There are many eye problems which can occur without symptoms. Because of this, it is important for everyone to have a complete eye examination.
A complete eye exam involves several exam elements, including: history taking, visual acuity, refraction, muscle function testing, measuring pupillary reaction, peripheral vision, tonometry, fundus examination and specialized testing. Although all these elements constitute a complete eye examination, the refraction and certain specialized tests are charged separate from a "comprehensive exam" charge.
An understanding of your medical, social, and family histories helps to facilitate your eye examination. There are many medical conditions which can affect your eyes either short-term or long-term. Your social history is important so we have a better understanding of what will work best for you and your lifestyle. There are many eye diseases and conditions which run in families. It is therefore important to understand your family's medical history, as much as possible.
Measuring how well you can see with and/or without your best correction is an essential part of an eye examination. You will be asked to read letters, numbers, or pictures from a standardized Snellen chart to test each eye's ability to see. If you are over 40 year old, we also measure your ability to see up close with a near chart. Normal distance vision is 20/20. If you have 20/50 vision, that means that you have to be 20 feet away to see what a normal eye can see at 50 feet.
A refraction is the process used to find a prescription that gives you your best visual acuity ("Which is better, one or two?"). A refraction is used to find your personal glasses and contact lens prescriptions.
During a complete eye examination, we measure the muscle functions of your eyes. We measure how your eyes are aligned and move together.
Using a light source, we measure your pupil size and function under dim and bright lighting.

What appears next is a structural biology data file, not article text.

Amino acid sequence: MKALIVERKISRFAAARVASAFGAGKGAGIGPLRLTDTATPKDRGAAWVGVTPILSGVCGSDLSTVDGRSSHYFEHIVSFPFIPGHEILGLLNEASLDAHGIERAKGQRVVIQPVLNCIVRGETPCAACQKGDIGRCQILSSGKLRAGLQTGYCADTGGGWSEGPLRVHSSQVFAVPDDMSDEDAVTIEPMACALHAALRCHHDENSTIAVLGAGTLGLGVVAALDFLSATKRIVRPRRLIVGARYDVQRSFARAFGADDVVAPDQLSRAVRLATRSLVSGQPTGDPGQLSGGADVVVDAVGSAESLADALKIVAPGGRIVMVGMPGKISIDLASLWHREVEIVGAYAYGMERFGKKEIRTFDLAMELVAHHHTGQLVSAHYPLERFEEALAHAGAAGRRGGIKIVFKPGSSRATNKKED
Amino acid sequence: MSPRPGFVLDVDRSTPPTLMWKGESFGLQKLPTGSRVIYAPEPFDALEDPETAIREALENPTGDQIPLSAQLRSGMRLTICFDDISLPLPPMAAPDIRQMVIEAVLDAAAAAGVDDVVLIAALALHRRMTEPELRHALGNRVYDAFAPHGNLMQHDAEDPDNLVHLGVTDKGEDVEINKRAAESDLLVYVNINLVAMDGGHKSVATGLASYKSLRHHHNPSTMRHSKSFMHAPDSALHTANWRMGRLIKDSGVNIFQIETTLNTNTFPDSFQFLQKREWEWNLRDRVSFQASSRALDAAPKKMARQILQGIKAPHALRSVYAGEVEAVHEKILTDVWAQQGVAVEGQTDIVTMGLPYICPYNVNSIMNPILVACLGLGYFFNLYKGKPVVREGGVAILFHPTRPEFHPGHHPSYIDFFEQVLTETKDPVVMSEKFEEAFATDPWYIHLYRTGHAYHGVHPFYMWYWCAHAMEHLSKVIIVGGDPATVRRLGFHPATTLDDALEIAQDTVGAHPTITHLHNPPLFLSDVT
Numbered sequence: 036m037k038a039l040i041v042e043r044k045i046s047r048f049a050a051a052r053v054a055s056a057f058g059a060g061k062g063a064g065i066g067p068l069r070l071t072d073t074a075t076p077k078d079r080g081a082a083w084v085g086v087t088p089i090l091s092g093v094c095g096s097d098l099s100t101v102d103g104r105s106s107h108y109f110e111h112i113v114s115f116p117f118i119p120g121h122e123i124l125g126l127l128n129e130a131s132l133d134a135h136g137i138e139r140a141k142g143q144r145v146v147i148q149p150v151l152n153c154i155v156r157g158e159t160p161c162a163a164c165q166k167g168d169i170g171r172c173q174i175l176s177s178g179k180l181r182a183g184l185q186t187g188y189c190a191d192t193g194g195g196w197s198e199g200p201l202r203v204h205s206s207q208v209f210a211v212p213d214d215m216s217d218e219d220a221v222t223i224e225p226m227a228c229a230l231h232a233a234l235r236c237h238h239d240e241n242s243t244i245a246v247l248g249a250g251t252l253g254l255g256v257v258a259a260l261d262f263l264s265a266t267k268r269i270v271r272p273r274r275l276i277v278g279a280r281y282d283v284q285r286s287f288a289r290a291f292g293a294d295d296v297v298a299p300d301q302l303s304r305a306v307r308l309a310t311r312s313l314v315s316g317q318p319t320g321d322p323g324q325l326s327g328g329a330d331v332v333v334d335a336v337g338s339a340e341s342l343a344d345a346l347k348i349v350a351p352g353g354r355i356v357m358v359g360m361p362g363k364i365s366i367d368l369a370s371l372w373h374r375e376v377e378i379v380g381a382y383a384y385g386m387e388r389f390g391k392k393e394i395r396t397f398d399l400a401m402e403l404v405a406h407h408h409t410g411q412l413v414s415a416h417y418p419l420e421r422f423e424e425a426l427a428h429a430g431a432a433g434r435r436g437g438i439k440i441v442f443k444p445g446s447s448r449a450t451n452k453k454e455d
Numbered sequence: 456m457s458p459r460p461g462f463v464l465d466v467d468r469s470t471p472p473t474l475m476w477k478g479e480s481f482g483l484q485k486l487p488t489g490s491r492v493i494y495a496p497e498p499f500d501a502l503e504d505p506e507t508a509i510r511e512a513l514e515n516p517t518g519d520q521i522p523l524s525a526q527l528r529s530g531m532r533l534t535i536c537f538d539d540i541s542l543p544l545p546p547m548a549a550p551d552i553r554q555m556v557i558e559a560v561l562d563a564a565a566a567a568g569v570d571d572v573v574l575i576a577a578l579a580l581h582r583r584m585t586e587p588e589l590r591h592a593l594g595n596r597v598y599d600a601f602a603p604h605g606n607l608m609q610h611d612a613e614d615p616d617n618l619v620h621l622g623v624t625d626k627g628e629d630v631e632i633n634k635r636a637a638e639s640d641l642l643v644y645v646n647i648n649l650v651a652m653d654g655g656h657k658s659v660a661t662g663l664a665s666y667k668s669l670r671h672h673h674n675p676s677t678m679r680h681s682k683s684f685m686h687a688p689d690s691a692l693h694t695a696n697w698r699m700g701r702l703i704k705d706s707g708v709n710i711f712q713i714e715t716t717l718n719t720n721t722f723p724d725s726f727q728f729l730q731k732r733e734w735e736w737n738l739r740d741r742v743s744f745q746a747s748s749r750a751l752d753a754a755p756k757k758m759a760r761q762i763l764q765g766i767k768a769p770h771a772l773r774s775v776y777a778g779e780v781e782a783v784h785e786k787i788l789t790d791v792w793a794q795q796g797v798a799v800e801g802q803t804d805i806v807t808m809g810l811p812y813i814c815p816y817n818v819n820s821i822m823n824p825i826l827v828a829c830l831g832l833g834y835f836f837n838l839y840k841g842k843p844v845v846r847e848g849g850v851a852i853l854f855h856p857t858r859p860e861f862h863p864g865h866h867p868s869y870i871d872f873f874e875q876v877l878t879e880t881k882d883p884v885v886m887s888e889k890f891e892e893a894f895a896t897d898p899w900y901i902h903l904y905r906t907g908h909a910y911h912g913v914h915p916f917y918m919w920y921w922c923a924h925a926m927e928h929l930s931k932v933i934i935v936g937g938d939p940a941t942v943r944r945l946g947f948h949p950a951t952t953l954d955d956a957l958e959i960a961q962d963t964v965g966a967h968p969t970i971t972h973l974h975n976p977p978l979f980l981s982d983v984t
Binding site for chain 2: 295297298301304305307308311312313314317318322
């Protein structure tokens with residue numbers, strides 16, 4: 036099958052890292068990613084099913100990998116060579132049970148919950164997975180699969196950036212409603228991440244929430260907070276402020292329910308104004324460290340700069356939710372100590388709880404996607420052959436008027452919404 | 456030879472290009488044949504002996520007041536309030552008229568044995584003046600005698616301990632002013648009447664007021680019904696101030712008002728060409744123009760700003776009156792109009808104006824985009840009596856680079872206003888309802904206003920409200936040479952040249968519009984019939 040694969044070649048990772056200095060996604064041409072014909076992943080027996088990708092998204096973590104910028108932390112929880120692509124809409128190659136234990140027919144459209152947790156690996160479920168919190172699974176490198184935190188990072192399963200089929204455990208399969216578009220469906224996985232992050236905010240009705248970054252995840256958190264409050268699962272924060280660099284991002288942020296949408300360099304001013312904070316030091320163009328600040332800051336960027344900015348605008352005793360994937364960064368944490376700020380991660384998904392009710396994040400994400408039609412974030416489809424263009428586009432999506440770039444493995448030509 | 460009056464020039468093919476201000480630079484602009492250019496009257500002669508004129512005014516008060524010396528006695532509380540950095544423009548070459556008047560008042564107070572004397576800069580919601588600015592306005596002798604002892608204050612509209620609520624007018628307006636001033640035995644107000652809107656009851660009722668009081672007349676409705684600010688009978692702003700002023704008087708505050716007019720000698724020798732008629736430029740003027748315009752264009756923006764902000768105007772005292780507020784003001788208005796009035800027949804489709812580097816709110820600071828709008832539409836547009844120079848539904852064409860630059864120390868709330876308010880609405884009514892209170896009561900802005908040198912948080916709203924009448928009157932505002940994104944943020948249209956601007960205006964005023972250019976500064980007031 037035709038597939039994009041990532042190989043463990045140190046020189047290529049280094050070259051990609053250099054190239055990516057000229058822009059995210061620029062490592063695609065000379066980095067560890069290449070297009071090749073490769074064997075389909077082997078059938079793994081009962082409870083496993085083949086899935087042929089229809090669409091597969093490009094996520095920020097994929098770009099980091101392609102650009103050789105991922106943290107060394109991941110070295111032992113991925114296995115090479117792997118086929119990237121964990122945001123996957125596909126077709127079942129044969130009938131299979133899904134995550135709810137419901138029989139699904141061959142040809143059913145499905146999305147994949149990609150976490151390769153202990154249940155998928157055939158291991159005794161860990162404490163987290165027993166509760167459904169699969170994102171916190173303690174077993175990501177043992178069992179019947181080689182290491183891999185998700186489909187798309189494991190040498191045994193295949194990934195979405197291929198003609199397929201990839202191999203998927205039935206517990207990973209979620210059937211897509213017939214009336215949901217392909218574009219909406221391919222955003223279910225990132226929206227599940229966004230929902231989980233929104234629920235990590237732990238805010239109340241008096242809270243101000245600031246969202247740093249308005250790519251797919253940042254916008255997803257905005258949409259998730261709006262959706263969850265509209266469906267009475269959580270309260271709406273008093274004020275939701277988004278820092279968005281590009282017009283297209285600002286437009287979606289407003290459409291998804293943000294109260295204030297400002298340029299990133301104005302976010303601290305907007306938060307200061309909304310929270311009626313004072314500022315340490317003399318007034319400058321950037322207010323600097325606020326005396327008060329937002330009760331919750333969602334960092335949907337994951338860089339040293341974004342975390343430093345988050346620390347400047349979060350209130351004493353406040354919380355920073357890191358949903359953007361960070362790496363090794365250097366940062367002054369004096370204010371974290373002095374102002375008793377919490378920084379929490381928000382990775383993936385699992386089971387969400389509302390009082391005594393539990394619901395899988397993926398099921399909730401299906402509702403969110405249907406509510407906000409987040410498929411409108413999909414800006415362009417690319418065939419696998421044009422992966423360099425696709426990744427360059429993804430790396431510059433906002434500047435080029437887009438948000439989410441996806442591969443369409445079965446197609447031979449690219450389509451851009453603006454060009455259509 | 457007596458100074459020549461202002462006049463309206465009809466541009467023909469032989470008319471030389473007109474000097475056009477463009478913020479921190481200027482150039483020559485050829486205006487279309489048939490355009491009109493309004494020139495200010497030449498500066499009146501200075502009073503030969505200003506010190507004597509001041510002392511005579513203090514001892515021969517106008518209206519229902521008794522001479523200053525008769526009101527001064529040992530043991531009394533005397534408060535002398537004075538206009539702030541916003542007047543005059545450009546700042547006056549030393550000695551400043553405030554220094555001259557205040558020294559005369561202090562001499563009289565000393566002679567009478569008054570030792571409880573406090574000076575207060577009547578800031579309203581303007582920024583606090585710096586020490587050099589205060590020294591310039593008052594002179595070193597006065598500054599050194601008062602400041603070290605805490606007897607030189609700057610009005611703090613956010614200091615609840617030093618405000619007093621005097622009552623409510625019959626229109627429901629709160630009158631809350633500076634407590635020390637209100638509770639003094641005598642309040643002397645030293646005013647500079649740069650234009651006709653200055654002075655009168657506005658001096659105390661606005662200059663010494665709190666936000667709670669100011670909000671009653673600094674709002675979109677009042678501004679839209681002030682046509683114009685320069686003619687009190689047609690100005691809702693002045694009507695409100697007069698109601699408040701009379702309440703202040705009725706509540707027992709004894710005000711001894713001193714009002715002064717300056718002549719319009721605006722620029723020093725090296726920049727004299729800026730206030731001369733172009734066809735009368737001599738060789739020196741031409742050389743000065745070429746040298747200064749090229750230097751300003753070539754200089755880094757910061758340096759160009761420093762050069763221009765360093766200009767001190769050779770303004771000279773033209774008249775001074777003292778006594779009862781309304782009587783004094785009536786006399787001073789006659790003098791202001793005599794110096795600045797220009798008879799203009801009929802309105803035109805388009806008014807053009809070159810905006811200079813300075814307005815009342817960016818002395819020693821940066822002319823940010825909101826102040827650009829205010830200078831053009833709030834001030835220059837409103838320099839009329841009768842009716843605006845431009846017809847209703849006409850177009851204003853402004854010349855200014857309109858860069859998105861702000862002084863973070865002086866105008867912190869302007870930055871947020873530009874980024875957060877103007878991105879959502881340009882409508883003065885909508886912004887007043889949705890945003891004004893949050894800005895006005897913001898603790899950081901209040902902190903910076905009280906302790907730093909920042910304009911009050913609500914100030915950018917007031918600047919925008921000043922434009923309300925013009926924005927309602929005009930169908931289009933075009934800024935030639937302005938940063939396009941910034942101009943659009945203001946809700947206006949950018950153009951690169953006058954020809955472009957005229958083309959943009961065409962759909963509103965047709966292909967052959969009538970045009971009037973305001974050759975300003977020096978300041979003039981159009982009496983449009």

A gross visual field test is performed to measure your peripheral or side vision, in which you will be asked to count fingers held up to the side while you look straight ahead.
Tonometry is the measurement of your intraocular pressure, or pressure of the eye. Normal eye pressure is between 10-21 mm Hg. There are several ways to measure eye pressure. We use a Goldmann tonometer, which is the most accurate way to measure intraocular pressure.
A fundus examination is an examination of the posterior section of the eye (back of the eye). The only way to completely examine the back of the eye is to have the eye dilated with eye drops.
There are many special tests we perform based on your eyes and your conditions. Some of these tests include: color vision, stereo testing (depth perception), dyslexia evaluations, visual field testing, pachymetry (corneal thickness), corneal topography, Optical Coherence Tomography (OCT), Brightness Acuity Testing (BAT), etc.
The American Academy of Ophthalmology gives the following recommended intervals for complete eye examinations:
It is possible for your child to have a serious eye problem without realizing it. Your child should have his or her eyes screened during regular pediatric appointments. If there is a family history or if your child experiences any of the following conditions, your child should have a complete eye examination before age 3:
Children and teenagers should be screened every one to two years. There are many problems or conditions which may require your child to be seen more often, in which you will need to consult with your ophthalmologist.
Young adults should have a complete eye examination at least once between the ages of 20-29 and at least twice between the ages of 30-39. There are many problems or conditions which may require you to be seen more often, in which you will need to consult with your ophthalmologist.
As of July 2007, the American Academy of Ophthalmology recommends the following:
Adults with no signs or risk factors for eye disease should get a baseline complete eye examination at age 40. Based on the results, your ophthalmologist will prescribe the necessary intervals for follow-up exams.
Individuals at any age with symptoms of or at risk for eye disease should see their ophthalmologist to determine how frequently their eyes should be examined.
Individuals 65 years old and older should have regular complete eye examinations every one to two years to check for cataracts, glaucoma, macular degeneration, diabetic retinopathy and other eye conditions.